SEADS Handbook Location: Chapter 8
Due to the devastating Cyclone Nargis in Myanmar in 2008, an estimated 63% of paddy land was submerged. By the end of May 2008, most of the affected areas had drained, with only a few pockets of inundation remaining. However, it was estimated that some 130,000 hectares (ha) of paddy fields still needed to be rehabilitated before farmers could return to their fields and cultivate a crop. It was estimated that between 75% and 85% of seed stocks from the cyclone-affected area were destroyed by flooding or subsequent wetting from rain because traditional bamboo seed storage structures were severely damaged. The overriding factor preventing farmers from returning to rice production was a serious shortage of draft animals and power tillers to cultivate the paddy fields. Where farmers had access to power tillers, they had no cash to pay for fuel and lubricants. As a general rule, farmers sell their surplus grain in May and June to pay for, inter alia, fuel and lubricants. With most of this seed/grain destroyed by the cyclone, the farmers lacked essential working capital.
The main objective of the interventions was to restore the food security of the most vulnerable farming rural households who were unable to return to their homesteads and cultivate their fields, and thereby reduce their dependency on food aid. This objective was achieved through an emergency supply of agricultural inputs to farmer households to resume rice, pulse, and vegetable production. The Food and Agriculture Organization of the United Nations (FAO) implemented the following interventions:
A) Main crops interventions (monsoon paddy seeds and pulses for summer season)
Monsoon paddy seed kits, including fertilizer, were distributed to 13,570 households, and pulse packages were distributed to 26,862 households. More than 90% of households planted the paddy and pulse seeds. Only 1.5% either sold their seeds or exchanged them for more-essential commodities, while 4.5% of the distributed main crop seeds were still in stock, and no more than 2.4% were eaten (mostly cowpea and to a lesser extent, black gram or green gram).
In general, the beneficiaries were moderately satisfied with the harvest obtained. For the pulse seeds (especially black gram and cowpeas, and to a lesser extent green gram), the normal ratio for seed was achieved; the ratio for paddy seeds was lower than that normally obtained for different reasons. Due to farmers’ time constraints, the largest portion of the paddy seeds were broadcast and not transplanted, as is commonly done. Also due to the time constraints, only minimum land preparation was carried out; instead of the usual three rounds of ploughing, there was only one or a maximum of two rounds. In addition, the harrowing was sometimes omitted.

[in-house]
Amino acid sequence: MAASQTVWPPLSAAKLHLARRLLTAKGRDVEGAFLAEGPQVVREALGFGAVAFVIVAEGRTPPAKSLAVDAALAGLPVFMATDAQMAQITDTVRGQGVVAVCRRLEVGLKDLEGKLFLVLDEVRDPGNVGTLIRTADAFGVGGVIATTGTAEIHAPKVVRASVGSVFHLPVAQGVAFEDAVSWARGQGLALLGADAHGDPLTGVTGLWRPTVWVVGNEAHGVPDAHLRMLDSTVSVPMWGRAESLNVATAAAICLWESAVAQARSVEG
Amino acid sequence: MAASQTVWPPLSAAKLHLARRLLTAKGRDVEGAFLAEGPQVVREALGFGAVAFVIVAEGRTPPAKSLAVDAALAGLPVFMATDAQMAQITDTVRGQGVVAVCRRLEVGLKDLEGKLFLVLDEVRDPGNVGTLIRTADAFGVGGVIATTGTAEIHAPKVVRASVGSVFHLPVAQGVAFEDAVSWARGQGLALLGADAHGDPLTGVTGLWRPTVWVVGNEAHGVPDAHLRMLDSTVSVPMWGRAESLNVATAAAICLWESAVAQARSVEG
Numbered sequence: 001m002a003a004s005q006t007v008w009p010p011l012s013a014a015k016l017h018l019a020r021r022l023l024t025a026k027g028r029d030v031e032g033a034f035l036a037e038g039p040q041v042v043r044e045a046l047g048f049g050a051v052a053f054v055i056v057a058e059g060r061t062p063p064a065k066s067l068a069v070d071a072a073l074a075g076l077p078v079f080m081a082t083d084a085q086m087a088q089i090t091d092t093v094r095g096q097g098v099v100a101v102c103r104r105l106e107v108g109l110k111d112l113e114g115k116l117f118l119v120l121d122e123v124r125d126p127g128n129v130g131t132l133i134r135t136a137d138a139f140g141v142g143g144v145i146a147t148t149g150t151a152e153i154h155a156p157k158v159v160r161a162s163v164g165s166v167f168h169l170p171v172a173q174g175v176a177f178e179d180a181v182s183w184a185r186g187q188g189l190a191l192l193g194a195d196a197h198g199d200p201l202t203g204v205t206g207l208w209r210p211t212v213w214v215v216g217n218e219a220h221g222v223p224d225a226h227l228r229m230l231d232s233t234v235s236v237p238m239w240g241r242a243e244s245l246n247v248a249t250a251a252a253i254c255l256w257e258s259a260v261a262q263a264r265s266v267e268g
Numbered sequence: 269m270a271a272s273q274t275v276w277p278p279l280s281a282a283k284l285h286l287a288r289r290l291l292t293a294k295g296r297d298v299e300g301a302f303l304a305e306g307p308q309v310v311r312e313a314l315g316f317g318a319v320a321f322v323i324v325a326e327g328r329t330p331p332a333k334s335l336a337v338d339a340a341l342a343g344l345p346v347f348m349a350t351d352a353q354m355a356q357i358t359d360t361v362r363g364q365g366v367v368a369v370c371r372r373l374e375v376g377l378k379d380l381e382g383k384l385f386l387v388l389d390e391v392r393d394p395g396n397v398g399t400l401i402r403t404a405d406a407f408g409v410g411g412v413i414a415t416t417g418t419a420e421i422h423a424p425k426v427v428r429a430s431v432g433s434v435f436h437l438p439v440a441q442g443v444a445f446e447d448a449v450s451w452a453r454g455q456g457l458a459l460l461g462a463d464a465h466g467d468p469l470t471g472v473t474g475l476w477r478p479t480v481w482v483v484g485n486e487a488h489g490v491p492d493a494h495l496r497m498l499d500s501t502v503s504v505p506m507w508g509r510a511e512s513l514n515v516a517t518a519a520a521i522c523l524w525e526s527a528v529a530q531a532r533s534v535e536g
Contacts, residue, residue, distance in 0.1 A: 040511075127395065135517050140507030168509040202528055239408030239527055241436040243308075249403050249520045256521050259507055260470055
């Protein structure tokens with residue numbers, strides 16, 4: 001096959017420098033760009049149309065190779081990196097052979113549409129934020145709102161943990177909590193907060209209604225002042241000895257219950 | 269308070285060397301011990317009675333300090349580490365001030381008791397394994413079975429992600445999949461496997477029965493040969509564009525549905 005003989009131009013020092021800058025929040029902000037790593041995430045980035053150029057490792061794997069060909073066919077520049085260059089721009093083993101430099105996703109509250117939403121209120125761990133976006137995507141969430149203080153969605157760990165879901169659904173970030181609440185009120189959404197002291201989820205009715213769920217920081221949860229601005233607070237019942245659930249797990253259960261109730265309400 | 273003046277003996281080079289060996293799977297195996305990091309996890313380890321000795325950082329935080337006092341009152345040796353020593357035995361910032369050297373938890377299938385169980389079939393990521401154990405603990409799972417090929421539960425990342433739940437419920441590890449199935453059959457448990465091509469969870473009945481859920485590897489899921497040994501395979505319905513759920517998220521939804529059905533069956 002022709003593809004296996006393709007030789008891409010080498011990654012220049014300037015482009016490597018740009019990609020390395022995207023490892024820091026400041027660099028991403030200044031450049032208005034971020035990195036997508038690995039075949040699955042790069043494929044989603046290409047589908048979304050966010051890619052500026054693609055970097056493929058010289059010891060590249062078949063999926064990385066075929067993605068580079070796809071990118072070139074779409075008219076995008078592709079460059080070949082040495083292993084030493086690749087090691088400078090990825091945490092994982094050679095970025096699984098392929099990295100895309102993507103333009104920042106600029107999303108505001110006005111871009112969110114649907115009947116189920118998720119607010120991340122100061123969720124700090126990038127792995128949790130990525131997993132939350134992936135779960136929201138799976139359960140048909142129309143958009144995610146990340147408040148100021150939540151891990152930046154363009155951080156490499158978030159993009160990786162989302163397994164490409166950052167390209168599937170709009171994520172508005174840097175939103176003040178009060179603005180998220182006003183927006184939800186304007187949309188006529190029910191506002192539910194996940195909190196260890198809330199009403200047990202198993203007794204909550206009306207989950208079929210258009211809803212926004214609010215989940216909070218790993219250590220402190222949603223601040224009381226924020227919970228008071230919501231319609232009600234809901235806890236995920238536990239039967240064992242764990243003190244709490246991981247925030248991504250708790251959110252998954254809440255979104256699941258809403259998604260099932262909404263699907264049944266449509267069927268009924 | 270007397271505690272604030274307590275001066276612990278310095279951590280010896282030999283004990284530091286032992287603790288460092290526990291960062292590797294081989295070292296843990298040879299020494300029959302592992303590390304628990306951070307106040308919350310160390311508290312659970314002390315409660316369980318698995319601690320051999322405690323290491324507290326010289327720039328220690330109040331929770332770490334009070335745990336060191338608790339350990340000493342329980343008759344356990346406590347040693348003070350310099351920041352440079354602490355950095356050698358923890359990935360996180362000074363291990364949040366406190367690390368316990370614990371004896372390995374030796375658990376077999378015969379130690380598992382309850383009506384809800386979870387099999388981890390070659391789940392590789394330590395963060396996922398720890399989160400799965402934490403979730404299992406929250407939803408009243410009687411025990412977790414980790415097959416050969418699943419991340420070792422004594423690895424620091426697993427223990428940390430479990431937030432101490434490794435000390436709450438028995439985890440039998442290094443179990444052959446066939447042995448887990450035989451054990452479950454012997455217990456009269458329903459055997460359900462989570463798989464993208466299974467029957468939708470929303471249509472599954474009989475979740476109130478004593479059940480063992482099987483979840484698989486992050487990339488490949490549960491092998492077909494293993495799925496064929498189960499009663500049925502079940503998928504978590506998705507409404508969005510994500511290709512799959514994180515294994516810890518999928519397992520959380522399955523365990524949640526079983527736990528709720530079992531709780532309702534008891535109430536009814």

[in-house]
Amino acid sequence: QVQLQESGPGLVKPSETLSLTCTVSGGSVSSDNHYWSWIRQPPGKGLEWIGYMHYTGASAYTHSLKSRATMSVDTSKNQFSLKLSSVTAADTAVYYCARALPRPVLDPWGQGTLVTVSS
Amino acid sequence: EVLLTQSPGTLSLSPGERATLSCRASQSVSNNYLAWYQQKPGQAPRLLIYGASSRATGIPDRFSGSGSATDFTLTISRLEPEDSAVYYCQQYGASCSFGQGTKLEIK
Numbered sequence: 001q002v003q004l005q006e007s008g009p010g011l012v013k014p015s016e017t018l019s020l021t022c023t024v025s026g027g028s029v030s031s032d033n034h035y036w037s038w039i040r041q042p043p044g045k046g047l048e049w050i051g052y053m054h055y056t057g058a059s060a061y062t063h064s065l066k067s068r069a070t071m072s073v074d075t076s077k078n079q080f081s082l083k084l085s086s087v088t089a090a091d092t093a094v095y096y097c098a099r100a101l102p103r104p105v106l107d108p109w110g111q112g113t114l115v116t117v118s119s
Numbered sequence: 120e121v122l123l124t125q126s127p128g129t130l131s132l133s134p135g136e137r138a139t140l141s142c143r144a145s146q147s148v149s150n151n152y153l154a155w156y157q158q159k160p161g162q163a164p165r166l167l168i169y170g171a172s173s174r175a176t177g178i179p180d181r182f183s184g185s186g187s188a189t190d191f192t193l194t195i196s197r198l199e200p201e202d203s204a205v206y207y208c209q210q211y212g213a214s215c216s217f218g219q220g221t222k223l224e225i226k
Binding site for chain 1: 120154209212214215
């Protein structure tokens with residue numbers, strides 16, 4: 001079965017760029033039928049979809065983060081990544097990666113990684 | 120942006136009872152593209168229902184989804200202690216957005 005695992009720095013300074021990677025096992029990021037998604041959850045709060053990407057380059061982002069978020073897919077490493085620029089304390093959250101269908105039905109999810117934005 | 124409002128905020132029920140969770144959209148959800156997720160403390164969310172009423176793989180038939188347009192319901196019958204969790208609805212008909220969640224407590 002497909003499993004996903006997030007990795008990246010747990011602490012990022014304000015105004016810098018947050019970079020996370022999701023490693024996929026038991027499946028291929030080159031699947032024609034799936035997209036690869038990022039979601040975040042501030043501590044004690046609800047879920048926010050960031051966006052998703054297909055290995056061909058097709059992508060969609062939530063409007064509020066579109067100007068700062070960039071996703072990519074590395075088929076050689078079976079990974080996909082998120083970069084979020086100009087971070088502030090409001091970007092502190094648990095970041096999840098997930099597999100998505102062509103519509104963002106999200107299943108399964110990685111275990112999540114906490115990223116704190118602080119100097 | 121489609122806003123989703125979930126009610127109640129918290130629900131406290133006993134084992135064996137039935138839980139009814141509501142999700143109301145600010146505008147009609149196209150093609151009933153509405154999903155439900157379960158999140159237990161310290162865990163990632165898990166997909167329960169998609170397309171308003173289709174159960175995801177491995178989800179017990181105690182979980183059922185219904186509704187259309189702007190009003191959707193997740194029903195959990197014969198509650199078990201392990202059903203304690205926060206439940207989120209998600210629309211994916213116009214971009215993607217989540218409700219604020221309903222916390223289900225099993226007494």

B) Farm machinery distribution (power tillers and motor water pumps)
In total, 275 power tillers and 340 motor water pumps were distributed. Each unit of farm machinery was donated to a group of up to 20 farming households. Fuel (758 gallons) and lubricant (8 liters) were also included in the kit. The water pumps were initially used for cleaning smaller water ponds and later for irrigating the summer crops, or as a motor if a rice mill, thresher, or some other machinery was attached. Power tillers were mainly used for the rice land preparation: ploughing, harrowing, and levelling.
The farm machinery was efficiently used. A total of 13.4 ha of land were irrigated per water pump, which generated Myanmar kyat (MMK) 154,500 per season. Each of the distributed power tillers prepared an average of 24.5 ha of land and generated MMK 177,350 per season.
C) Vegetable seed and tool distribution
The vegetable seed kits targeted 20,400 households, including both landless and small-scale farming households. Two types of kits were distributed: one with four different vegetables and another with seven vegetable types. Each household also received one grass cutter, two sickles, and one hoe. Pesticides and sprayers were distributed to the implementing partners and used if requested by the farmers and confirmed by the extension workers. Almost all the seeds were planted; around 5% were either given away free of charge or sold, and less than 3% remained in stock for later use.
The beneficiaries obtained a significant production from the received seeds. It is not surprising, therefore, that less than half of the overall production of the vegetables was consumed at home and the rest was either sold on the market or given away free of charge. The income generated through the selling of the vegetables was significant, at an overall average of MMK 20,600 per vegetable type, ranging from MMK 3,200 for ridge gourds up to MMK 67,100 for watermelons, for a total of MMK 44,000 per household, representing three to five months of daily labor wages.
Mollet, M. (2009). Emergency support for the restoration of food security in the areas of southern Myanmar affected by Cyclone Nargis: Beneficiaries results assessment (BRA) survey. Unpublished. FAO.